What Happens When the Pandemic Disrupts Your Contract and It Does Not Contain a Force Majeure Clause
Updated: Aug 10
2020 has become the year of the pandemic, and seemingly every aspect of life has been up ended with, unfortunately, no end in sight. Federal, state and local governments have implemented a variety of lockdowns, reopening plans, and issued new laws in response to an America with COVID-19. As a result of both the pandemic itself and various governments’ responses to it, parties to contracts have had their performances disrupted by a global pandemic that they likely did not anticipate.
If 2020 is the year of the pandemic, then “force majeure” is the corresponding buzzword. Much has been written and said about force majeure clauses, which excuse contractual performance if an “act of God” disrupts performance. However, not every contract is drafted with a force majeure clause. And parties to such contracts still need answers on what options they have if their contractual performance is disrupted by a global pandemic.
Texas common law has recognized common-law defenses that excuse performance under a contract, and there are two specific ones that are more likely to apply in the reality of COVID-19. These defenses include:
(1) Impossibility, impracticability or frustration of purpose;
•What: Unknown or unforeseen circumstances make performance impossible.
•Example? A landlord contracted to lease commercial space to a commercial tenant, but the local government subsequently needed to use the space as a temporary hospital for COVID-19 patients. The landlord’s ability to perform the commercial lease has become impossible.
•What: It is illegal to perform your contract.
•Example? Maybe you had a contract to perform the Friday night karaoke event at a local bar. Thanks to lockdown orders and reopening plans, that event might be illegal.
Because each of these defenses exists in Texas common law, you can assert them even when your contract does not contain a force majeure clause. As with all legal defenses, they only apply in specific circumstances. It is important to understand the law explaining these doctrines to know whether you may have a successful defense to contractual performance because of pandemic-related disruptions.
I. Impossibility, impracticability, or frustration of purpose:
Impossibility, impracticability, and frustration of purpose are three names that courts often use for the same concept, and that concept is a defense to contractual performance when such performance is rendered impossible or impracticable for a variety of reasons. See, e.g., Centex Corp. v. Dalton, 840 S.W.2d 952, 954–56 (Tex. 1992) (interchangeably referring to impossibility and impracticability as the same concept); Tractebel Energy Mktg., Inc. v. E.I. Du Pont De Nemours & Co., 118 S.W.3d 60, 64 & n.6 (Tex. App.—Houston [14th Dist.] 2003), opinion supplemented on overruling of reh’g, 118 S.W.3d 929 (Tex. App.—Houston [14th Dist.] 2003, no pet.) (discussing how Texas courts have called the defense of impracticability “under aliases” that include impossibility, impracticability, and frustration of purpose); Ramirez Co., Inc. v. Hous. Auth. of City of Houston, 777 S.W.2d 167, 173 (Tex. App.—Houston [14th Dist.] 1989, no writ).
Texas common law has recognized at least three types of impossibility defenses that are not predicated on a force majeure clause: (1) original impossibility, (2) supervening impossibility, and (3) implied condition. Each of these defenses play on similar themes but apply in different circumstances.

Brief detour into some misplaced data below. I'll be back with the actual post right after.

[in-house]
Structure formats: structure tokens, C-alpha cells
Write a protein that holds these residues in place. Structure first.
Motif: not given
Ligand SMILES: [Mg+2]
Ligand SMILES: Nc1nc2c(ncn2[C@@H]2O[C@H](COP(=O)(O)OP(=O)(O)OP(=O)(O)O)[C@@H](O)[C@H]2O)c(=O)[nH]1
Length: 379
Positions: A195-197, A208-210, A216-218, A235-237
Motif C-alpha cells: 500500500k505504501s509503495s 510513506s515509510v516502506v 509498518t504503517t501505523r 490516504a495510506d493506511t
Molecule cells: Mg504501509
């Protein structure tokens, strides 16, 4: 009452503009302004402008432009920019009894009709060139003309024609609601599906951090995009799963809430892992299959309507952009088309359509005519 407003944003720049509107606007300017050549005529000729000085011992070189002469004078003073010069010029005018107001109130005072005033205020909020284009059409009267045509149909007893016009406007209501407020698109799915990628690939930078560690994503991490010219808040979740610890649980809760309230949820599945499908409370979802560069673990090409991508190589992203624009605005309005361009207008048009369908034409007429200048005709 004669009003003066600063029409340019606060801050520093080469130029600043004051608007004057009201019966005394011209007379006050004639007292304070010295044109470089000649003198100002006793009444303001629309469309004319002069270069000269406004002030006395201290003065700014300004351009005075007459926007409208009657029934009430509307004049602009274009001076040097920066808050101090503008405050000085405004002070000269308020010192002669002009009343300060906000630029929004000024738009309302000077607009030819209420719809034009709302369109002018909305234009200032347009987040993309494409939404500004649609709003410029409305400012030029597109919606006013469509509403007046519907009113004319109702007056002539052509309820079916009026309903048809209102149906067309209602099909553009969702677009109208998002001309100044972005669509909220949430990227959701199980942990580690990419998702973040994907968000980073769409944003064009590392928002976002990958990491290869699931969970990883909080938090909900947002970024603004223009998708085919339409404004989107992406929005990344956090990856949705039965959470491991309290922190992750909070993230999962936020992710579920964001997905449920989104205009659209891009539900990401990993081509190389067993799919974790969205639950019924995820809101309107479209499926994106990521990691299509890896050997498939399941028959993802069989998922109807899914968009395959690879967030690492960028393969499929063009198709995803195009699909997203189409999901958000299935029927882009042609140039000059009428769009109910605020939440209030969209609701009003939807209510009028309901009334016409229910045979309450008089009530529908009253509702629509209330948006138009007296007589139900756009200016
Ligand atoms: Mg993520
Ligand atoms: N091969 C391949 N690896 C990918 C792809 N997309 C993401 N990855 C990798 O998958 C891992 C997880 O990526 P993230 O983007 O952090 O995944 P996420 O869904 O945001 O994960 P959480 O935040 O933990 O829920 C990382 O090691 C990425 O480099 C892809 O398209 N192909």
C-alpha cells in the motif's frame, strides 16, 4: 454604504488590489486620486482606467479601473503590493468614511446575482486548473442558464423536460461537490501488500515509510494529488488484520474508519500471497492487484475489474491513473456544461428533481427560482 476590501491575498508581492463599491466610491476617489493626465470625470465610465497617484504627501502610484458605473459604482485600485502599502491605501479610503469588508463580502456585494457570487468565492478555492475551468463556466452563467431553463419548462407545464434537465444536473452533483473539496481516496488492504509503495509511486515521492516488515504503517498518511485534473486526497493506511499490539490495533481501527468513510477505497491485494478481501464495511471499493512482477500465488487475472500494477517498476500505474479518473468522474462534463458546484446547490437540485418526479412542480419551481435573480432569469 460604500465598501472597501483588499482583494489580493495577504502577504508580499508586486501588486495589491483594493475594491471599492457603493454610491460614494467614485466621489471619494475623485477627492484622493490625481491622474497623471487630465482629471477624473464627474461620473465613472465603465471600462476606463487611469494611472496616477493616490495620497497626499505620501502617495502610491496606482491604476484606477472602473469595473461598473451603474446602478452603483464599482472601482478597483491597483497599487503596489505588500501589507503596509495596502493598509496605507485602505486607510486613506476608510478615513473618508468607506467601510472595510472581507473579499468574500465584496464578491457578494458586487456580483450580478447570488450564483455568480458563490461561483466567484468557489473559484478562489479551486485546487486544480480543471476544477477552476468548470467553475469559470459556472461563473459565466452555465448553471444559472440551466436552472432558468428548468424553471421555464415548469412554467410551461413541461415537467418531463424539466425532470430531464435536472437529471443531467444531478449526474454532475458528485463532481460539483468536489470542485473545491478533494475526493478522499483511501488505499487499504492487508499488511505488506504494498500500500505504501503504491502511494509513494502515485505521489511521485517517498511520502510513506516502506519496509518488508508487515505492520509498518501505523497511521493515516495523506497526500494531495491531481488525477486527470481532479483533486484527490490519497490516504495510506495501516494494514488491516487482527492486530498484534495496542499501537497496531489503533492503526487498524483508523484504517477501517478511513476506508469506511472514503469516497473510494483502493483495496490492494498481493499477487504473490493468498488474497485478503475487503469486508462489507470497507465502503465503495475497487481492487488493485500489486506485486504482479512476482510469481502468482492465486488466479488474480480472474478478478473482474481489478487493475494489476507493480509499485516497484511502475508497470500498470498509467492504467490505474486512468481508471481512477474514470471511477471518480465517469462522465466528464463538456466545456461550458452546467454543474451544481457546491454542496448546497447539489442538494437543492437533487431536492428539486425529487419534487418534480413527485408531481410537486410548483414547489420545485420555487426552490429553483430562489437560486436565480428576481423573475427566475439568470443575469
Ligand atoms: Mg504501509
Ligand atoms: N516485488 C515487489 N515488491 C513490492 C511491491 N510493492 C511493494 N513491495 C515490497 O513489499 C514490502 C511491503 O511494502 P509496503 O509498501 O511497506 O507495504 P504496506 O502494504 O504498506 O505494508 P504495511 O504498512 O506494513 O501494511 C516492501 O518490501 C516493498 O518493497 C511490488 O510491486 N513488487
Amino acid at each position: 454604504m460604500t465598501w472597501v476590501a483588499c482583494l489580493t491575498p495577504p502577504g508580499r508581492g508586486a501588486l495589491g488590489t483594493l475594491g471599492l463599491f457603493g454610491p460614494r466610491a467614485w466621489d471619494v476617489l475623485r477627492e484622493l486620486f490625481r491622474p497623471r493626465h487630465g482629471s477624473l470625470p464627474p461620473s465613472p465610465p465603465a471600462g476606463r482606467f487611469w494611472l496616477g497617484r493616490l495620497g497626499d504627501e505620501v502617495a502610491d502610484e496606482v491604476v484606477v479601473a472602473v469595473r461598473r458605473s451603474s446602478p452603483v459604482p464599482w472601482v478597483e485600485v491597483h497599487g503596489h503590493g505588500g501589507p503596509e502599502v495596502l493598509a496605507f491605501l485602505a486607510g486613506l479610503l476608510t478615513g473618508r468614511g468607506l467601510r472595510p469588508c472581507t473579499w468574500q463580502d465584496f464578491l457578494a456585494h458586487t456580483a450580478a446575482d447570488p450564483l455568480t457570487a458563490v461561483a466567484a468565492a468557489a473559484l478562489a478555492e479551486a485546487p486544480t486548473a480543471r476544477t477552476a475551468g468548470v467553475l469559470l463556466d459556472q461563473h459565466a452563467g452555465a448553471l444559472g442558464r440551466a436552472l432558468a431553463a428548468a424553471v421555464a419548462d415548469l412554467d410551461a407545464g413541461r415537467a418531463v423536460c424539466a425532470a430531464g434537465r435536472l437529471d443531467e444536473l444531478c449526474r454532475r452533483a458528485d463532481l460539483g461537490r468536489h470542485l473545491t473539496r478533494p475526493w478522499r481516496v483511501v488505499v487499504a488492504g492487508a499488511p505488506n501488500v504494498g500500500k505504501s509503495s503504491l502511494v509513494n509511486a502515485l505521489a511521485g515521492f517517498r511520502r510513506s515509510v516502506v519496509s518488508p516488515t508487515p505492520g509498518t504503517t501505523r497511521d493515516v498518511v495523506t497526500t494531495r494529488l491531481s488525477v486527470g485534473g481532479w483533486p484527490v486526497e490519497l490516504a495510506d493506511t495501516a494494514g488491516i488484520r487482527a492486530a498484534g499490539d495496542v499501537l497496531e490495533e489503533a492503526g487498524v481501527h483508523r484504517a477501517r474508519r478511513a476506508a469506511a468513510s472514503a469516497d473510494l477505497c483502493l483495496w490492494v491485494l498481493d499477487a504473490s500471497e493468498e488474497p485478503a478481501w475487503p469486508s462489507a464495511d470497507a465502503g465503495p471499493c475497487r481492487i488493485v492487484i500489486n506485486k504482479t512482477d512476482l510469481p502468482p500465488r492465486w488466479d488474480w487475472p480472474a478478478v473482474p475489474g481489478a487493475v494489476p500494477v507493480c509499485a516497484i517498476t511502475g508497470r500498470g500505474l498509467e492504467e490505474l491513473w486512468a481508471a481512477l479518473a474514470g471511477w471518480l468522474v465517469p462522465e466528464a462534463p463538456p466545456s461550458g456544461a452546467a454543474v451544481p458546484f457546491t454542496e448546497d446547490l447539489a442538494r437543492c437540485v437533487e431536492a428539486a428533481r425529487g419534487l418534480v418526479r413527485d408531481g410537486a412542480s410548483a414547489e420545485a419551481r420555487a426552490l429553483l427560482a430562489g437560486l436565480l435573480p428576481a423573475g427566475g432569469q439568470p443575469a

A. Original impossibility
A party’s performance of a contract may be excused if the contract is impossible to perform from its inception because of facts unknown to the party at the time of contracting. Solar Soccer Club v. Prince of Peace Lutheran Ch., 234 S.W.3d 814, 824 (Tex. App.—Dallas 2007, pet. denied); Castaneda v. State, 138 S.W.3d 304, 320 n.25 (Tex. Crim. App. 2003) (discussing how impossibility may exist at the time of contracting).
B. Supervening impossibility
A party’s performance under a contract may be excused if performance is rendered impossible or impracticable by supervening circumstances, which generally could not have been anticipated when the contract was made. E.g., Centex Corp. v. Dalton, 840 S.W.2d 952, 953–54 (Tex. 1992) (holding that a corporation was excused from performing under a letter agreement because federal bank regulations made performance of the contract illegal); Salter v. Jones, 348 S.W.2d 381, 383 (Tex. Civ. App.—El Paso 1961, no writ) (holding that a party’s sickness excused his contract for personal services due to impossibility of performance); Houston Ice & Brewing Co. v. Keenan, 99 Tex. 79, 88 S.W. 197, 199 (1905) (recognizing impossibility defense due to illegality).
Texas courts have recognized the defense of impossibility in three general categories: “(1) the death or incapacity of a person necessary for performance, (2) the destruction or deterioration of a thing necessary for performance, and (3) prevention by governmental regulation.” Tractebel Energy, 118 S.W.3d at 65 (citing several cases, including Nutt v. Members Mut. Ins. Co., 474 S.W.2d 575, 578 (Tex. Civ. App.—Dallas 1971, writ ref’d n.r.e.) (holding a company was not liable for failure to pay a deceased employee’s salary); Erickson v. Rocco, 433 S.W.2d 746, 751 (Tex. Civ. App.—Houston [14th Dist.] 1968, writ ref’d n.r.e.) (holding that, under the defense of impossibility of performance, homeowners were excused from maintaining insurance on property that had been burned down and had no insurable value); Centex, 840 S.W.2d at 954–56 (recognizing impossibility due to illegality)).